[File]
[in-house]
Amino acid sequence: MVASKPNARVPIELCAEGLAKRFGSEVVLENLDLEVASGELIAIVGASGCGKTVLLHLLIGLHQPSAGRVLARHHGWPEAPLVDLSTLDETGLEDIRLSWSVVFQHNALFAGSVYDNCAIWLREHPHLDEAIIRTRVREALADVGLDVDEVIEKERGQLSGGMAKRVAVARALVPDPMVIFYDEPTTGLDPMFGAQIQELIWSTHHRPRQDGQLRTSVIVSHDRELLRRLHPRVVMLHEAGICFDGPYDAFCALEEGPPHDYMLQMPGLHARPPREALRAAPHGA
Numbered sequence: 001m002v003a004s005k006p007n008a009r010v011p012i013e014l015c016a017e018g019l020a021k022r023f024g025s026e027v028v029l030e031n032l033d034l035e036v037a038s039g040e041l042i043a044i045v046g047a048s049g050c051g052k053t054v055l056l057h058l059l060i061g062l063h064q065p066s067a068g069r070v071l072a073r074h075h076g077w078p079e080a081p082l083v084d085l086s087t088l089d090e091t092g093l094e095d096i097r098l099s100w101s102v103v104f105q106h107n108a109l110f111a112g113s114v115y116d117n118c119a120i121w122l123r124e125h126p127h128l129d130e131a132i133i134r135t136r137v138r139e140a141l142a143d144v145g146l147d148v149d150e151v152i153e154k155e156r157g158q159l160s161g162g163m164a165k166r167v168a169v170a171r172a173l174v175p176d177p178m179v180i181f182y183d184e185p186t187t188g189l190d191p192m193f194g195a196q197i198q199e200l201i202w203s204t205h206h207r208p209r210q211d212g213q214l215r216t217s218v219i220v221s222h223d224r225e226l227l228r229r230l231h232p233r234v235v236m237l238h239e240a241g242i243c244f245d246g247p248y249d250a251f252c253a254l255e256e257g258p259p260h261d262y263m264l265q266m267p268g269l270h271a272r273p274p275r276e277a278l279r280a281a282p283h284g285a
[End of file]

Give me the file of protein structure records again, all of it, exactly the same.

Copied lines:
[in-house]
Amino acid sequence: MVASKPNARVPIELCAEGLAKRFGSEVVLENLDLEVASGELIAIVGASGCGKTVLLHLLIGLHQPSAGRVLARHHGWPEAPLVDLSTLDETGLEDIRLSWSVVFQHNALFAGSVYDNCAIWLREHPHLDEAIIRTRVREALADVGLDVDEVIEKERGQLSGGMAKRVAVARALVPDPMVIFYDEPTTGLDPMFGAQIQELIWSTHHRPRQDGQLRTSVIVSHDRELLRRLHPRVVMLHEAGICFDGPYDAFCALEEGPPHDYMLQMPGLHARPPREALRAAPHGA
Numbered sequence: 001m002v003a004s005k006p007n008a009r010v011p012i013e014l015c016a017e018g019l020a021k022r023f024g025s026e027v028v029l030e031n032l033d034l035e036v037a038s039g040e041l042i043a044i045v046g047a048s049g050c051g052k053t054v055l056l057h058l059l060i061g062l063h064q065p066s067a068g069r070v071l072a073r074h075h076g077w078p079e080a081p082l083v084d085l086s087t088l089d090e091t092g093l094e095d096i097r098l099s100w101s102v103v104f105q106h107n108a109l110f111a112g113s114v115y116d117n118c119a120i121w122l123r124e125h126p127h128l129d130e131a132i133i134r135t136r137v138r139e140a141l142a143d144v145g146l147d148v149d150e151v152i153e154k155e156r157g158q159l160s161g162g163m164a165k166r167v168a169v170a171r172a173l174v175p176d177p178m179v180i181f182y183d184e185p186t187t188g189l190d191p192m193f194g195a196q197i198q199e200l201i202w203s204t205h206h207r208p209r210q211d212g213q214l215r216t217s218v219i220v221s222h223d224r225e226l227l228r229r230l231h232p233r234v235v236m237l238h239e240a241g242i243c244f245d246g247p248y249d250a251f252c253a254l255e256e257g258p259p260h261d262y263m264l265q266m267p268g269l270h271a272r273p274p275r276e277a278l279r280a281a282p283h284g285a